“They Killed Our Dreams”

Suvi Helena
Nov 20, 2020 · 5 min read

The forgotten children of a forgotten crisis

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Edmund Lou on unsplash.com

As we are approaching Universal Children’s Day, celebrated every year on November 20th, children have been on my mind more than usual. This time of year, I tend to reflect on the things I have placed my focus on, and every single year I realize how little I have paid attention to the rights of the most vulnerable in this world: children.

This year has been difficult for everyone, adults and children alike. In many countries, there are differing opinions about whether or not children should go back to school because of the pandemic, but very little appreciation for the fact that the option of education is even available. Many children suffer from loneliness and boredom due to hobbies and afterschool activities being canceled, but not from fear of rape, violence, and death.

Not all children are lucky enough to go to school and have hobbies.

Refugee children bear the consequences of war

The most recent refugee crisis in Europe that has been going on since 2015 is catastrophic and its consequences are desperate. Right now, it is estimated that one-third of the refugees and migrants who have arrived in Europe are children, many without parents or family.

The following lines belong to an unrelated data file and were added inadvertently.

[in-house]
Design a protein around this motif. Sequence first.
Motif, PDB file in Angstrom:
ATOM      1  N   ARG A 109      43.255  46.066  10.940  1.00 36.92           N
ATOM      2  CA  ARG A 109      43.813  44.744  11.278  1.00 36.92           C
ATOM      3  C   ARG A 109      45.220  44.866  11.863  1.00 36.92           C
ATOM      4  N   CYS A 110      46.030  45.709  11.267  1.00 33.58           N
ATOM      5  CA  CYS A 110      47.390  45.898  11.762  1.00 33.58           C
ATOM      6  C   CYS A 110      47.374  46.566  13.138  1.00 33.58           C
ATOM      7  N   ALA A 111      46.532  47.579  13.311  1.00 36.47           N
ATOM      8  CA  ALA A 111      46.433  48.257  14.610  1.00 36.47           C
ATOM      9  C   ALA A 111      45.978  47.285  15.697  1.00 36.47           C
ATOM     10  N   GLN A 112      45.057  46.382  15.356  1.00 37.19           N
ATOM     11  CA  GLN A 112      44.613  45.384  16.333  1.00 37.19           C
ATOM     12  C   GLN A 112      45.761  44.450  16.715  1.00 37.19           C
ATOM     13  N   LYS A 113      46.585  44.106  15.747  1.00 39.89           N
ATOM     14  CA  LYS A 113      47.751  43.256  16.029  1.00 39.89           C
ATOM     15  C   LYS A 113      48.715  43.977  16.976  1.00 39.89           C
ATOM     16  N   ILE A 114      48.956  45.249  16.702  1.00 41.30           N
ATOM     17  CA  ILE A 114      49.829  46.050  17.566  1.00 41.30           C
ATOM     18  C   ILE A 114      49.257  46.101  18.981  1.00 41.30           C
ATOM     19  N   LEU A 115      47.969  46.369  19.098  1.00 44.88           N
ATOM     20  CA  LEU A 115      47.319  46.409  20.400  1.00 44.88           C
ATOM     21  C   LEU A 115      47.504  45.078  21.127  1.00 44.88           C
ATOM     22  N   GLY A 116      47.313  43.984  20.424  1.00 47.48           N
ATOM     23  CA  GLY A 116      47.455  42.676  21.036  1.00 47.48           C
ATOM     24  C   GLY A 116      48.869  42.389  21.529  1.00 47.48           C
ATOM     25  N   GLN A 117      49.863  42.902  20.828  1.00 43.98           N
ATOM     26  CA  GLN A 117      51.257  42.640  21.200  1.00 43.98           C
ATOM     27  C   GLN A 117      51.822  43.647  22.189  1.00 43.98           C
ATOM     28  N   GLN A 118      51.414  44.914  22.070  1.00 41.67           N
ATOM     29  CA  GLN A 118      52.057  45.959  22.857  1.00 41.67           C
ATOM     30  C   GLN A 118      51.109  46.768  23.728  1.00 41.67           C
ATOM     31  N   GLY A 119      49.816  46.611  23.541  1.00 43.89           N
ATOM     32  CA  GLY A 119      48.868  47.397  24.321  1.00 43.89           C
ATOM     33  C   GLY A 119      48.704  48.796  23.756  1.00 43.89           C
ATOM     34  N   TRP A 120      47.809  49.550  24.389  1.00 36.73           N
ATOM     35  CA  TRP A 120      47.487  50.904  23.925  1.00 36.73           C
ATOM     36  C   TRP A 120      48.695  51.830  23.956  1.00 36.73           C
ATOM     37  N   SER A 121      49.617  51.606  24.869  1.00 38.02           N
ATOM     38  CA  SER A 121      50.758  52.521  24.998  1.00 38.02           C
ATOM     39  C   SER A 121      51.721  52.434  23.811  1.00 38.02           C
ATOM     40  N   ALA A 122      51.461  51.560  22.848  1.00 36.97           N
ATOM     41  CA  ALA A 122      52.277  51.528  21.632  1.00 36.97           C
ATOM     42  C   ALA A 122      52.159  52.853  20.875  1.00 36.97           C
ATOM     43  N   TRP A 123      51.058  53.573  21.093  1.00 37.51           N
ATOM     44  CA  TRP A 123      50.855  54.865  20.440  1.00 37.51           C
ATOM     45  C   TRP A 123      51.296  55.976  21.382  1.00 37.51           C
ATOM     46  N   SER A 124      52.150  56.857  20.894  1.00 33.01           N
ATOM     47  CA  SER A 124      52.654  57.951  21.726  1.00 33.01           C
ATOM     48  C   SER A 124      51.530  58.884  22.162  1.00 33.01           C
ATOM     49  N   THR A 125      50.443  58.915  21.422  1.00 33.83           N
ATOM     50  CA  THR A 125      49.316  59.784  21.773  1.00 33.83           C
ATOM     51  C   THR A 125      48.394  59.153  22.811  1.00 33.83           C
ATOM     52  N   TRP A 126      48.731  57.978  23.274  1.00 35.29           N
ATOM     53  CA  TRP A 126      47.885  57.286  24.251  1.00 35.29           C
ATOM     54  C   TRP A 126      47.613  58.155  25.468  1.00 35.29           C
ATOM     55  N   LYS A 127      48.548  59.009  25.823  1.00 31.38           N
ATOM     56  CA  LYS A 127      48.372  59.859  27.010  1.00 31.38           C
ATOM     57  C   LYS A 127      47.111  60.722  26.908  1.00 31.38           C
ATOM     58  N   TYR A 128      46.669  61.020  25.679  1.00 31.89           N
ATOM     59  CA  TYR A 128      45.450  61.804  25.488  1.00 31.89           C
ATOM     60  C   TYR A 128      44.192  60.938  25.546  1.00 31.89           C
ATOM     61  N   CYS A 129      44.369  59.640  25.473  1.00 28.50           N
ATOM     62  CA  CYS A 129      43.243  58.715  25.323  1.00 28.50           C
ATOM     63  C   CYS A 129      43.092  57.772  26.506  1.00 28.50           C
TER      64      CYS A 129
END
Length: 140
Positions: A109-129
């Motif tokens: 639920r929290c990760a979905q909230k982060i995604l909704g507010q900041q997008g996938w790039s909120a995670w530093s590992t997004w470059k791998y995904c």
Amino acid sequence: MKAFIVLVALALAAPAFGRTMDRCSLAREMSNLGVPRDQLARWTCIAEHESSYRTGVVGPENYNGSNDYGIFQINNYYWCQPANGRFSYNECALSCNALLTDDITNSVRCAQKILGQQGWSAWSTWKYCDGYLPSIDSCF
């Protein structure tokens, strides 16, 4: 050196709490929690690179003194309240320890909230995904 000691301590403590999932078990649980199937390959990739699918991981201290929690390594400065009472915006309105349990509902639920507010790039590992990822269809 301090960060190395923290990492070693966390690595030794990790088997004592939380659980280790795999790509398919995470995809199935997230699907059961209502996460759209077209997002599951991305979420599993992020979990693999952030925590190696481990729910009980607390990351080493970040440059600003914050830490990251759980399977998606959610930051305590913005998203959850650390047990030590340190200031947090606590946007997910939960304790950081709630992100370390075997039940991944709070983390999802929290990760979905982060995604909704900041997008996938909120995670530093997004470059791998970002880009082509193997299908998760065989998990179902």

The exact numbers of the refugee crisis are hard to estimate, as new refugees arrive daily and children are born in camps. I’m using statistics and information provided by Unicef and UNHCR for this article.

Many refugees flee to Europe primarily from these three countries: Syria (54%), Iraq (27%), and Afghanistan (13%). On 18 March 2016, the European Council and Turkey reached an agreement aimed at stopping the flow of irregular migration via Turkey to Europe. Asylum seekers fleeing Syria have no prospect other than staying in refugee camps in Turkey for an indefinite time. Some attempt to make the dangerous journey by illegal waterways to Europe via the Greek island of Lesbos. An estimate is that half of these are children.

· 2 in 3 children fleeing from Syria have suffered a war-related loss — lost a loved one, had their house bombed, or endured injuries.

· More than 2.3 million Syrian children have lost their homes and are living as refugees in the Middle East

· 9,000 children who arrived in Europe between January and December 2019 were unaccompanied

· It is estimated that more than one child dies every day along the perilous Central Mediterranean route from North Africa to Italy.

· In 2019, 1,885 men, women and children lost their lives while trying to cross the Mediterranean

· Refugee and migrant children and women routine suffer sexual violence, exploitation, abuse and detention as they make their way along the Central Mediterranean migration route from North Africa to Italy

· On the other side of the world, in Bangladesh and Myanmar, more than 100,000 children have been born in refugee camps.